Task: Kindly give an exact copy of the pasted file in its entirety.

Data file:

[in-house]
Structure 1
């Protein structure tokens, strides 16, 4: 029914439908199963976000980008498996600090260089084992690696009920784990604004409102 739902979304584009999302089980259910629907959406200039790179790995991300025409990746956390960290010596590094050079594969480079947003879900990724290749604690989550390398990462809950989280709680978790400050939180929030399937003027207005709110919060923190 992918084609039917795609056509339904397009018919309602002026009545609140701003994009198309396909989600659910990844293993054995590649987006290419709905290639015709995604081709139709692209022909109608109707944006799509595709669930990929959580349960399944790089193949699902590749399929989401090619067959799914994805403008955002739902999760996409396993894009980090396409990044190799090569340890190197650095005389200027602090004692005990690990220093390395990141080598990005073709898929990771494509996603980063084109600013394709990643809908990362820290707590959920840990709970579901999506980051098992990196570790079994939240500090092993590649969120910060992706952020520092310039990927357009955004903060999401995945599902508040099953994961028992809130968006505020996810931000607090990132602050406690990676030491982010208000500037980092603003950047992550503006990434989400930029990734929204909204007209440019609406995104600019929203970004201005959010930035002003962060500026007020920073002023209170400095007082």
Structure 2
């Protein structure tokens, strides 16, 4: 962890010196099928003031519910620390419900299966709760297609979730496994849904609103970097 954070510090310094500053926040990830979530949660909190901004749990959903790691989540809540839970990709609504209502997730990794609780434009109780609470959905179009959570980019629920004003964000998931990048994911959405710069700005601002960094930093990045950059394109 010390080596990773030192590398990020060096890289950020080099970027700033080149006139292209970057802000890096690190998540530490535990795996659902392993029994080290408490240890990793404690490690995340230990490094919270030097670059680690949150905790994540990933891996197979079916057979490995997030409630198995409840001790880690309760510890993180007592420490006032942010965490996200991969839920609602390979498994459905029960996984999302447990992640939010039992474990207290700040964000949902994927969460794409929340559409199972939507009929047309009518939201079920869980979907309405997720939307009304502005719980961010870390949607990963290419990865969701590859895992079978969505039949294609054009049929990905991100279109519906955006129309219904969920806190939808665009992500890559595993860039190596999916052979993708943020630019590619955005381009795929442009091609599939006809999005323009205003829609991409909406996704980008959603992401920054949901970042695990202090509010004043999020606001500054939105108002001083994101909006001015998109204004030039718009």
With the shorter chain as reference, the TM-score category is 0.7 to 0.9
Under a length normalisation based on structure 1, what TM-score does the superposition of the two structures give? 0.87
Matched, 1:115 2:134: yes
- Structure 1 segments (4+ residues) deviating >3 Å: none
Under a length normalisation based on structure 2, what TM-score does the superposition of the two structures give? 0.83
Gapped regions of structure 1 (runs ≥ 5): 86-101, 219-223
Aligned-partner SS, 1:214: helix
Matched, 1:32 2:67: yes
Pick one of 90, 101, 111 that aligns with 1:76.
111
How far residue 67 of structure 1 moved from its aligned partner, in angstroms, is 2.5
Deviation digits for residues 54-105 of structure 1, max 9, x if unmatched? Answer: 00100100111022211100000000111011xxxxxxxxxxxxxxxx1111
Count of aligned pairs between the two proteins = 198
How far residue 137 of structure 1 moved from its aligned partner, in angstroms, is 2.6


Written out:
[in-house]
Structure 1
């Protein structure tokens, strides 16, 4: 029914439908199963976000980008498996600090260089084992690696009920784990604004409102 739902979304584009999302089980259910629907959406200039790179790995991300025409990746956390960290010596590094050079594969480079947003879900990724290749604690989550390398990462809950989280709680978790400050939180929030399937003027207005709110919060923190 992918084609039917795609056509339904397009018919309602002026009545609140701003994009198309396909989600659910990844293993054995590649987006290419709905290639015709995604081709139709692209022909109608109707944006799509595709669930990929959580349960399944790089193949699902590749399929989401090619067959799914994805403008955002739902999760996409396993894009980090396409990044190799090569340890190197650095005389200027602090004692005990690990220093390395990141080598990005073709898929990771494509996603980063084109600013394709990643809908990362820290707590959920840990709970579901999506980051098992990196570790079994939240500090092993590649969120910060992706952020520092310039990927357009955004903060999401995945599902508040099953994961028992809130968006505020996810931000607090990132602050406690990676030491982010208000500037980092603003950047992550503006990434989400930029990734929204909204007209440019609406995104600019929203970004201005959010930035002003962060500026007020920073002023209170400095007082």
Structure 2
């Protein structure tokens, strides 16, 4: 962890010196099928003031519910620390419900299966709760297609979730496994849904609103970097 954070510090310094500053926040990830979530949660909190901004749990959903790691989540809540839970990709609504209502997730990794609780434009109780609470959905179009959570980019629920004003964000998931990048994911959405710069700005601002960094930093990045950059394109 010390080596990773030192590398990020060096890289950020080099970027700033080149006139292209970057802000890096690190998540530490535990795996659902392993029994080290408490240890990793404690490690995340230990490094919270030097670059680690949150905790994540990933891996197979079916057979490995997030409630198995409840001790880690309760510890993180007592420490006032942010965490996200991969839920609602390979498994459905029960996984999302447990992640939010039992474990207290700040964000949902994927969460794409929340559409199972939507009929047309009518939201079920869980979907309405997720939307009304502005719980961010870390949607990963290419990865969701590859895992079978969505039949294609054009049929990905991100279109519906955006129309219904969920806190939808665009992500890559595993860039190596999916052979993708943020630019590619955005381009795929442009091609599939006809999005323009205003829609991409909406996704980008959603992401920054949901970042695990202090509010004043999020606001500054939105108002001083994101909006001015998109204004030039718009």
With the shorter chain as reference, the TM-score category is 0.7 to 0.9
Under a length normalisation based on structure 1, what TM-score does the superposition of the two structures give? 0.87
Matched, 1:115 2:134: yes
- Structure 1 segments (4+ residues) deviating >3 Å: none
Under a length normalisation based on structure 2, what TM-score does the superposition of the two structures give? 0.83
Gapped regions of structure 1 (runs ≥ 5): 86-101, 219-223
Aligned-partner SS, 1:214: helix
Matched, 1:32 2:67: yes
Pick one of 90, 101, 111 that aligns with 1:76.
111
How far residue 67 of structure 1 moved from its aligned partner, in angstroms, is 2.5
Deviation digits for residues 54-105 of structure 1, max 9, x if unmatched? Answer: 00100100111022211100000000111011xxxxxxxxxxxxxxxx1111
Count of aligned pairs between the two proteins = 198
How far residue 137 of structure 1 moved from its aligned partner, in angstroms, is 2.6